Heh. Every install
of Red Hat
6.x I've had the pleasure of working with has a strange behavior regarding time. It decides, seemingly randomly, to reset the time.
I've finally found a fix for this, on the KDE
site. These version of Red Hat don't properly decide what time zone
ln -s /usr/share/zoneinfo /usr/lib/zoneinfo
does the trick.
The first machine that I discovered this on was my IBM Thinkpad
, and I just chalked it up to it's weird BIOS
mistakes, and/or the fact that I was switching hard disks constantly before I really had it set up well. I got used to thinking in terms of GMT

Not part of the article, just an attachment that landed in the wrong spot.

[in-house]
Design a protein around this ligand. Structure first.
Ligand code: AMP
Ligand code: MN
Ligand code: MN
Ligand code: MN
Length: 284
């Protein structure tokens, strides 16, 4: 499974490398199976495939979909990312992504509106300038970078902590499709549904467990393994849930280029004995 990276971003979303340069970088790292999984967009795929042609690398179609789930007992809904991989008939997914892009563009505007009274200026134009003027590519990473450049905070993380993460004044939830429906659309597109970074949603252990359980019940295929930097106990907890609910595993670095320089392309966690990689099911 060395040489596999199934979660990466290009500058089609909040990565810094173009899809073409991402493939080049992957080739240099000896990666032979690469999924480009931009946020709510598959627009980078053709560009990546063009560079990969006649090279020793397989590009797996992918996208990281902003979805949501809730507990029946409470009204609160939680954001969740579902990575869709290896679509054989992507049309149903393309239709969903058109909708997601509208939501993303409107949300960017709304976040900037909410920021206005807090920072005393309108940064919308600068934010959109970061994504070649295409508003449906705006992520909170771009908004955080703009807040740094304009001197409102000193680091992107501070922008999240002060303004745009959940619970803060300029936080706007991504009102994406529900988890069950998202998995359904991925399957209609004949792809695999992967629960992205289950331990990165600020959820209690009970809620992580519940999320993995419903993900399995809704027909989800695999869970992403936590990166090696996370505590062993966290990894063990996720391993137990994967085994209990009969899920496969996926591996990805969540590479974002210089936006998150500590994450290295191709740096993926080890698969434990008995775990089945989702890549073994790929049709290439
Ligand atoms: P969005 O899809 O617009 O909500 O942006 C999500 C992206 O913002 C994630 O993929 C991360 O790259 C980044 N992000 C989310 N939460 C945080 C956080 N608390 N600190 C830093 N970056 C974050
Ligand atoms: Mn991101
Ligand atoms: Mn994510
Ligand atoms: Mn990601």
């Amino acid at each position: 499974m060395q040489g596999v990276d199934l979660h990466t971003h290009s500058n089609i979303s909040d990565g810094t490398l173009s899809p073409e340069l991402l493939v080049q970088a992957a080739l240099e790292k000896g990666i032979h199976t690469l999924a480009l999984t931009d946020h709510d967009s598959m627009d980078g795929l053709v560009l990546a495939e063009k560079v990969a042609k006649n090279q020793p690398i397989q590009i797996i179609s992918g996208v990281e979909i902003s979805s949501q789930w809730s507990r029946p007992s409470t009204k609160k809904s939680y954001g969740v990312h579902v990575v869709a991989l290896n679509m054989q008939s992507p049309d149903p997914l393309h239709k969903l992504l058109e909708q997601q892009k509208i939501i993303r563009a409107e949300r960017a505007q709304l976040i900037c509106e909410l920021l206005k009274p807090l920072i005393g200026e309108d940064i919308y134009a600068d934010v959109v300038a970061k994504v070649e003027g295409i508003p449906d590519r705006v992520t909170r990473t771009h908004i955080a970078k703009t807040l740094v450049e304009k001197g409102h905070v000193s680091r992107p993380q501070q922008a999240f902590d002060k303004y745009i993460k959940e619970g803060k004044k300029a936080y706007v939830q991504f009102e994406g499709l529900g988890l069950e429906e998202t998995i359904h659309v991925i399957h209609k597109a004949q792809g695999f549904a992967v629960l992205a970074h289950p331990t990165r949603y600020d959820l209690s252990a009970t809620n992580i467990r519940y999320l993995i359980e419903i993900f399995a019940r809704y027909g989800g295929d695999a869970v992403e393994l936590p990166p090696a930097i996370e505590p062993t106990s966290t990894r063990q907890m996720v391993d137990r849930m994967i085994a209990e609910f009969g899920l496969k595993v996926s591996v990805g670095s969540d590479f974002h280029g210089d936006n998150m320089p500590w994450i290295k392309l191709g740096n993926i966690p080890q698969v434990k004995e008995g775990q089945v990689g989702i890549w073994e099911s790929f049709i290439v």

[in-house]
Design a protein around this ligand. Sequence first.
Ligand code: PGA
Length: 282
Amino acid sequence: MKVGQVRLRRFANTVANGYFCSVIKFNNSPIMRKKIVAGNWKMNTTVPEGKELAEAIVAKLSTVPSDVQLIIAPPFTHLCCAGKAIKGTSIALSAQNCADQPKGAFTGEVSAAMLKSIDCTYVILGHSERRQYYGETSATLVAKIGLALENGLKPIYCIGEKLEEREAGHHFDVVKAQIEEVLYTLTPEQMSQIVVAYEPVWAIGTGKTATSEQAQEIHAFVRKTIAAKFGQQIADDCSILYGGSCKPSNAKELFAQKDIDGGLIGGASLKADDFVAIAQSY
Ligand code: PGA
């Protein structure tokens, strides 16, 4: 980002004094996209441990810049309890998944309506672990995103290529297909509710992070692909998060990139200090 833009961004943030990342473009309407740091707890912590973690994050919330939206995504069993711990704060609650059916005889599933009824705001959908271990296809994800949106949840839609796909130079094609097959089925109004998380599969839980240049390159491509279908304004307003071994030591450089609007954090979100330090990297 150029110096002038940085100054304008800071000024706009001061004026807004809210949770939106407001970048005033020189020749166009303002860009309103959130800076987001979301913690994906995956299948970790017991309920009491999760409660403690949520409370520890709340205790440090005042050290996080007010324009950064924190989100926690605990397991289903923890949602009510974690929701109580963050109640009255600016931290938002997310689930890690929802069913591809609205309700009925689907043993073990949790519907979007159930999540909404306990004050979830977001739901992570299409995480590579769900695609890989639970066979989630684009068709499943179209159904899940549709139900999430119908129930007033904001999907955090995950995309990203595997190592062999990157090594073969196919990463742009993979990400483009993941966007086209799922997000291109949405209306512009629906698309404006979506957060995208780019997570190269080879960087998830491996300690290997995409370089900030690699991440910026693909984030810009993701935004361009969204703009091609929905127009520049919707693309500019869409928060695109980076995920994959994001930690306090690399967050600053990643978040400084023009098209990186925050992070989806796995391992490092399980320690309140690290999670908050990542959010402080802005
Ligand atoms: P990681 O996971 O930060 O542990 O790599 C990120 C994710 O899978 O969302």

and eventually I learned to synch
the clock, made a nice alias for it and put it in my .bashrc
file. For the interested:
# echo "alias settime='rdate -s tock.usno.navy.mil'" >> /root/.bashrc
Note: if you mess up and put one > into the above statement, it overwrite
s your (root
's) .bashrc file. Such is life with UNIX
I've noticed that our webserver
does the same thing, and a server doesn't power cycle nearly as often as a laptop, nor is it booting another OS, nor does it use APM. Hmmm...
Now it's gone and done it twice! It's not in Greenwich Mean anymore, it's in India Standard Time! WTF?
Thanks, Red Hat!
This isn't really a negative opinion of Red Hat, it's just a little quirk. I wouldn't keep running it at home if I didn't like it.